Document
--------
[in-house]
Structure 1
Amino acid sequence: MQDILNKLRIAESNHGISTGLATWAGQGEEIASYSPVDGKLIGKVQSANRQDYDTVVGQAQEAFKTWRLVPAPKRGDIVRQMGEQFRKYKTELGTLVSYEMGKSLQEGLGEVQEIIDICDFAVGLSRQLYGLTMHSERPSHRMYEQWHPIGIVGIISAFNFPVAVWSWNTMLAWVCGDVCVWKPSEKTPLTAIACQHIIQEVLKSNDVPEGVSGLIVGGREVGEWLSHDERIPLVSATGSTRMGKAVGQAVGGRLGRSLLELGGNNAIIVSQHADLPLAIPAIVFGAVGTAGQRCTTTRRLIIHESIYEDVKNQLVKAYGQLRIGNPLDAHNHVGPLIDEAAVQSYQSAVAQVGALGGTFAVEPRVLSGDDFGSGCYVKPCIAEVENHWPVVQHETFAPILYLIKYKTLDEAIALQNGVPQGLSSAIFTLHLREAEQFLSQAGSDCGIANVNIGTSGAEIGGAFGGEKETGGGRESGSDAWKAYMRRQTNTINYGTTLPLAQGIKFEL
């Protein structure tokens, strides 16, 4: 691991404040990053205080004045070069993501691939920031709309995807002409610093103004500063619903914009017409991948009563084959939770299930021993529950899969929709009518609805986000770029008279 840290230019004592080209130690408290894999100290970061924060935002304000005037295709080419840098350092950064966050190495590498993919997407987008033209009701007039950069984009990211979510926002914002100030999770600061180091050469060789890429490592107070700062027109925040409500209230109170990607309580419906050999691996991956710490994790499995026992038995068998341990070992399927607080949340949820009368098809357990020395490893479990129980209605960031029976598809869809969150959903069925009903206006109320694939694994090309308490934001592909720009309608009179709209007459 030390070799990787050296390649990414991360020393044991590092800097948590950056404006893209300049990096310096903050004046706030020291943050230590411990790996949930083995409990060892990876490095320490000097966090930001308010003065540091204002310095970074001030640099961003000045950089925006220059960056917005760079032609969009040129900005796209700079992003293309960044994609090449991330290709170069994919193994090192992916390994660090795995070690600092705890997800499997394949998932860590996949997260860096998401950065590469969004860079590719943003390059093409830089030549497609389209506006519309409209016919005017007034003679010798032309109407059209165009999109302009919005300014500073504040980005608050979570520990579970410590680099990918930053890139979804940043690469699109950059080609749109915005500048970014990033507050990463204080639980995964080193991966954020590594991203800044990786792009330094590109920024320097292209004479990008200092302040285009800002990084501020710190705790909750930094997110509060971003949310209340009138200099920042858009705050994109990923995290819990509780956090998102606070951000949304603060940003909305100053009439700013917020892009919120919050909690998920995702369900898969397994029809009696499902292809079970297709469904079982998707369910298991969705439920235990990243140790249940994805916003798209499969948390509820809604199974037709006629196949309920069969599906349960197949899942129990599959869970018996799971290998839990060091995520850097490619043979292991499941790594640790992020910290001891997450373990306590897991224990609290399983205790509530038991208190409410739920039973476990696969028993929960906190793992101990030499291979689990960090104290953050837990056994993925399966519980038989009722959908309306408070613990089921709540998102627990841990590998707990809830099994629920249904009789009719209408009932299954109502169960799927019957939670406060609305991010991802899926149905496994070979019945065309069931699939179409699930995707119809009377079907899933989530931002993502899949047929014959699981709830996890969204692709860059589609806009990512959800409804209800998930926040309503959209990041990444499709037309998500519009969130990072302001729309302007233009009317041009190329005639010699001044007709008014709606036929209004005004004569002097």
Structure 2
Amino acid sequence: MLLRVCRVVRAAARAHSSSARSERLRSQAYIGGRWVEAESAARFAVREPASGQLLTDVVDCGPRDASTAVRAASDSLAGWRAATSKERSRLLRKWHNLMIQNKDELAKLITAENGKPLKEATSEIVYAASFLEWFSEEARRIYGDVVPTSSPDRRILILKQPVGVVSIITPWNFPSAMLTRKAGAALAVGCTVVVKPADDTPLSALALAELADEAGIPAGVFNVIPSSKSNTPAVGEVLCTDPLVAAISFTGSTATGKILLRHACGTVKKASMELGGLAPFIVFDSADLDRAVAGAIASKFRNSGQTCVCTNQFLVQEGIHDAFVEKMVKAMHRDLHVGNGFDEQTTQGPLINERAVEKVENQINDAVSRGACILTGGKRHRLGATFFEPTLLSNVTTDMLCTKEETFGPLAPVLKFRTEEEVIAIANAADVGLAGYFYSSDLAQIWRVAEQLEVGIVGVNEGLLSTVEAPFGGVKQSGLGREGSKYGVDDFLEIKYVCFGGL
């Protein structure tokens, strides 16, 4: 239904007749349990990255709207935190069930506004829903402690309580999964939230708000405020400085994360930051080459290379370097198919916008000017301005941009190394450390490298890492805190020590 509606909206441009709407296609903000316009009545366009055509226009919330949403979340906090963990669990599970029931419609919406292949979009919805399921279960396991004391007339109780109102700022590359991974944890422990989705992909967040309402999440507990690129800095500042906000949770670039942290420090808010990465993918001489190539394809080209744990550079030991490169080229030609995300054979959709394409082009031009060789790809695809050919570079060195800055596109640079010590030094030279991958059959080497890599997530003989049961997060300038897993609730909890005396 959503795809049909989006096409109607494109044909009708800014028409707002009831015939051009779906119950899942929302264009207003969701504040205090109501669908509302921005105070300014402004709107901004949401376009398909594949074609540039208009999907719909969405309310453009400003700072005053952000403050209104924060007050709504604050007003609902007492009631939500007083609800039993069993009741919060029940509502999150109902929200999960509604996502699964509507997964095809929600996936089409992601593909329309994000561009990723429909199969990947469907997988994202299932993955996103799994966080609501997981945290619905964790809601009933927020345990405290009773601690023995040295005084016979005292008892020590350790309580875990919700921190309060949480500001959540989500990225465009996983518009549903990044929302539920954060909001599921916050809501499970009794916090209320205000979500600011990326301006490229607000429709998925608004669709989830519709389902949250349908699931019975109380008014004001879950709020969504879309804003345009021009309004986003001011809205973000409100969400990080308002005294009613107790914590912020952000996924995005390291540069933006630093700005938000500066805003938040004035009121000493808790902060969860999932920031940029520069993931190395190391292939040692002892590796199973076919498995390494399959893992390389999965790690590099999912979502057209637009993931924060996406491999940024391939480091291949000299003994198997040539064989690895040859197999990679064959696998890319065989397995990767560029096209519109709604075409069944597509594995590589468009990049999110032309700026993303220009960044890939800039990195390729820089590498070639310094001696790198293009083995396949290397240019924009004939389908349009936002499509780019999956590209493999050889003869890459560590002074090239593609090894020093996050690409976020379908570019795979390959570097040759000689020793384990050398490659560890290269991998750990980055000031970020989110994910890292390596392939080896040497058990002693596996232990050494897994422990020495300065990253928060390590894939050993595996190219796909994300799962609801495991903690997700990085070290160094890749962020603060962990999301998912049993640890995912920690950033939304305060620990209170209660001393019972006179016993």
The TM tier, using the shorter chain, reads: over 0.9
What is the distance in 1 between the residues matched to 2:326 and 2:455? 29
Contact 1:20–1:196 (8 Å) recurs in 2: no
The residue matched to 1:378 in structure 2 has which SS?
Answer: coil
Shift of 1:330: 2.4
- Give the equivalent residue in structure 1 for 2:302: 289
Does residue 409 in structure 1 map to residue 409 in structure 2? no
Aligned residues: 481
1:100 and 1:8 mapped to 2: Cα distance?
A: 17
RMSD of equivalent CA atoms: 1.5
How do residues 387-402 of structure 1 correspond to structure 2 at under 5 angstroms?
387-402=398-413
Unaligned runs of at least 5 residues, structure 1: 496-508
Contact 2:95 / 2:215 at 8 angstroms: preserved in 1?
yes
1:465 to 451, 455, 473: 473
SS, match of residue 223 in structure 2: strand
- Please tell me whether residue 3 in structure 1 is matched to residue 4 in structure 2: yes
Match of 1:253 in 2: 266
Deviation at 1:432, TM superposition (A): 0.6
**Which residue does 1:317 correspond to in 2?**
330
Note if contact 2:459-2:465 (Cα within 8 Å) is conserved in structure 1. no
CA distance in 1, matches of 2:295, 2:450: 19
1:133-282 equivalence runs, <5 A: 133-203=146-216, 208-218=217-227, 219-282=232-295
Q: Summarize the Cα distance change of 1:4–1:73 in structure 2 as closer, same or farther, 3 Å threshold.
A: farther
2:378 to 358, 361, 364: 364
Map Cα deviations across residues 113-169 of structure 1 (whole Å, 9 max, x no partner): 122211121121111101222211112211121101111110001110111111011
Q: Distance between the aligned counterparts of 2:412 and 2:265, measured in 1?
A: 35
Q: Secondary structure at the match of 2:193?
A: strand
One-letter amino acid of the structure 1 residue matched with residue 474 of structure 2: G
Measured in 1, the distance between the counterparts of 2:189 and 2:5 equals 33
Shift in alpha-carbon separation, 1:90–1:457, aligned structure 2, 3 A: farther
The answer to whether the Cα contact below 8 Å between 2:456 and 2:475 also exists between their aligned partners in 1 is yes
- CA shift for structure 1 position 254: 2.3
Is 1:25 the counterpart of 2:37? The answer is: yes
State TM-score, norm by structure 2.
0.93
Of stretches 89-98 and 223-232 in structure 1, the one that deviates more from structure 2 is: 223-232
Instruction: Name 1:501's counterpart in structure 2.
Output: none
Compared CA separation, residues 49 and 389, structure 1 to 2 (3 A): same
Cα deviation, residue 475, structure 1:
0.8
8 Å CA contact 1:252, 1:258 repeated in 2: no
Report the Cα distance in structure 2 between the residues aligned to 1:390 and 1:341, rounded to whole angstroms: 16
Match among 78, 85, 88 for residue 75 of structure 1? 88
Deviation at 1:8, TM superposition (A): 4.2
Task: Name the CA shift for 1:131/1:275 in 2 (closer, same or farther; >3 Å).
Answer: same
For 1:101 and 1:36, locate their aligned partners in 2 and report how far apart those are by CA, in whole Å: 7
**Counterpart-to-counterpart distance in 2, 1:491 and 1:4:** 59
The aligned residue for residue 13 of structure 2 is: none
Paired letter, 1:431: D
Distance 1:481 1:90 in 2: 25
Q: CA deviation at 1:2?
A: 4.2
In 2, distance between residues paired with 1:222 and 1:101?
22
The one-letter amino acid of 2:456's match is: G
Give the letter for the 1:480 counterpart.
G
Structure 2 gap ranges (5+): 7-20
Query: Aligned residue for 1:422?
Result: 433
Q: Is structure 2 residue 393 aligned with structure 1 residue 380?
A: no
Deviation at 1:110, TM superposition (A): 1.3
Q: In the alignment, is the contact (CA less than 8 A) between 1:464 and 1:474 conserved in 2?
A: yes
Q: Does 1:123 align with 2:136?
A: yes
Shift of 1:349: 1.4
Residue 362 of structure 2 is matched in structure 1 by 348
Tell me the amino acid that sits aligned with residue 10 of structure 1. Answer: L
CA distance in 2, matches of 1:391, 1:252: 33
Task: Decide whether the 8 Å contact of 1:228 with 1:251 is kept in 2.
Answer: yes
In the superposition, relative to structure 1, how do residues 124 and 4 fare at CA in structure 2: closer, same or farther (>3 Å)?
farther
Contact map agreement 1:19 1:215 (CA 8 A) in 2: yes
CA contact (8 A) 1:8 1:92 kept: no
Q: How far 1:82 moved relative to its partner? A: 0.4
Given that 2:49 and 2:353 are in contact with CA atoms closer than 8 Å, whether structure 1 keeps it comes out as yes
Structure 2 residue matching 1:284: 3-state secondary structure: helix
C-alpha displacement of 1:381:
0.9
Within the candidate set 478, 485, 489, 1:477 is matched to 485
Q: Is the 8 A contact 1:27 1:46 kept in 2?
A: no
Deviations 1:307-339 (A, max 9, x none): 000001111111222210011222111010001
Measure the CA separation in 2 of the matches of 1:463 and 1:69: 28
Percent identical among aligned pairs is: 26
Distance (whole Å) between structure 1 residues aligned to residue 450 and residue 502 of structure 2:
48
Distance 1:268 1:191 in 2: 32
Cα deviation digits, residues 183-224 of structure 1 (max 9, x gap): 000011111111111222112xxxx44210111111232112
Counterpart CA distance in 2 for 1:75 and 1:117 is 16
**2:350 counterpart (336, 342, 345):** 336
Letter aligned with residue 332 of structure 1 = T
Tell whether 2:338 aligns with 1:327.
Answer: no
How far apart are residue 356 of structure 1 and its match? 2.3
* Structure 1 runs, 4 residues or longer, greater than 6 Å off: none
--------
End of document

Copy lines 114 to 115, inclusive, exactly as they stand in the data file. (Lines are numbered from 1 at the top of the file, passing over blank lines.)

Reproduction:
Answer: no
How far apart are residue 356 of structure 1 and its match? 2.3